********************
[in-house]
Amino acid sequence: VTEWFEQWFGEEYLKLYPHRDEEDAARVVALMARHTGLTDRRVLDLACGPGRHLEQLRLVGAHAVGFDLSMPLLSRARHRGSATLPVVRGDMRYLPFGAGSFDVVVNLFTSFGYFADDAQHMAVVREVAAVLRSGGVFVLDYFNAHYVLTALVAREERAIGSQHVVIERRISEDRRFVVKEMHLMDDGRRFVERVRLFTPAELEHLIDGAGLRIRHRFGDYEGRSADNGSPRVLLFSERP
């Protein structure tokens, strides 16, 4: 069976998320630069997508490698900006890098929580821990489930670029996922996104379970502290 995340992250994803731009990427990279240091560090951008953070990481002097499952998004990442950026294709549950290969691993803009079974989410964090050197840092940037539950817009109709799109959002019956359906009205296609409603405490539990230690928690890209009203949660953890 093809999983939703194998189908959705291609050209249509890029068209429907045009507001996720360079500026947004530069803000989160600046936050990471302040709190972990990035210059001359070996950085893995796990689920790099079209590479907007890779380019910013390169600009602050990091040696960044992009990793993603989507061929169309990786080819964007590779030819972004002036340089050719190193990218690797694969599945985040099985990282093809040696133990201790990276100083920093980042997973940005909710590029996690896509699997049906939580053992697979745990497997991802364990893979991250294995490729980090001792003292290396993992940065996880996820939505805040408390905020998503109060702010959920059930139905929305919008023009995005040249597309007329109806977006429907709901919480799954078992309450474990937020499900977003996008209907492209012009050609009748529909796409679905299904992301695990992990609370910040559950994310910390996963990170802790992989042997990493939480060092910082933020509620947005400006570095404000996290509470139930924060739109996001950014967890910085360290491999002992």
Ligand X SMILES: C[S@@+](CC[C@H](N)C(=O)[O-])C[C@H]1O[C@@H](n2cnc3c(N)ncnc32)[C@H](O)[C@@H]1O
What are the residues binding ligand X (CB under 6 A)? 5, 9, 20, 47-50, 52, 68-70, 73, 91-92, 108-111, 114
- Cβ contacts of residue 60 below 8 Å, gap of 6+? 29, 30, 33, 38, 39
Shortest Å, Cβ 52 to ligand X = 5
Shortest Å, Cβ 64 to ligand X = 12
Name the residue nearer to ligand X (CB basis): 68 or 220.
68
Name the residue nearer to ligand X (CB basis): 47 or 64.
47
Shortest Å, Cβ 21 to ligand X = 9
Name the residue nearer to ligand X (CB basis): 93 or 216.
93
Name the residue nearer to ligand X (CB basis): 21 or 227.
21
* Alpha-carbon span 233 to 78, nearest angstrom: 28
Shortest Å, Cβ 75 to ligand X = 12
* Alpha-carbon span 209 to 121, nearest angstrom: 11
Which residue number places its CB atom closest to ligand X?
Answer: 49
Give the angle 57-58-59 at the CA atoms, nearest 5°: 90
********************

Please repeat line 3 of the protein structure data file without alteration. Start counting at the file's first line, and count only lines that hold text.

């Protein structure tokens, strides 16, 4: 069976998320630069997508490698900006890098929580821990489930670029996922996104379970502290 995340992250994803731009990427990279240091560090951008953070990481002097499952998004990442950026294709549950290969691993803009079974989410964090050197840092940037539950817009109709799109959002019956359906009205296609409603405490539990230690928690890209009203949660953890 093809999983939703194998189908959705291609050209249509890029068209429907045009507001996720360079500026947004530069803000989160600046936050990471302040709190972990990035210059001359070996950085893995796990689920790099079209590479907007890779380019910013390169600009602050990091040696960044992009990793993603989507061929169309990786080819964007590779030819972004002036340089050719190193990218690797694969599945985040099985990282093809040696133990201790990276100083920093980042997973940005909710590029996690896509699997049906939580053992697979745990497997991802364990893979991250294995490729980090001792003292290396993992940065996880996820939505805040408390905020998503109060702010959920059930139905929305919008023009995005040249597309007329109806977006429907709901919480799954078992309450474990937020499900977003996008209907492209012009050609009748529909796409679905299904992301695990992990609370910040559950994310910390996963990170802790992989042997990493939480060092910082933020509620947005400006570095404000996290509470139930924060739109996001950014967890910085360290491999002992």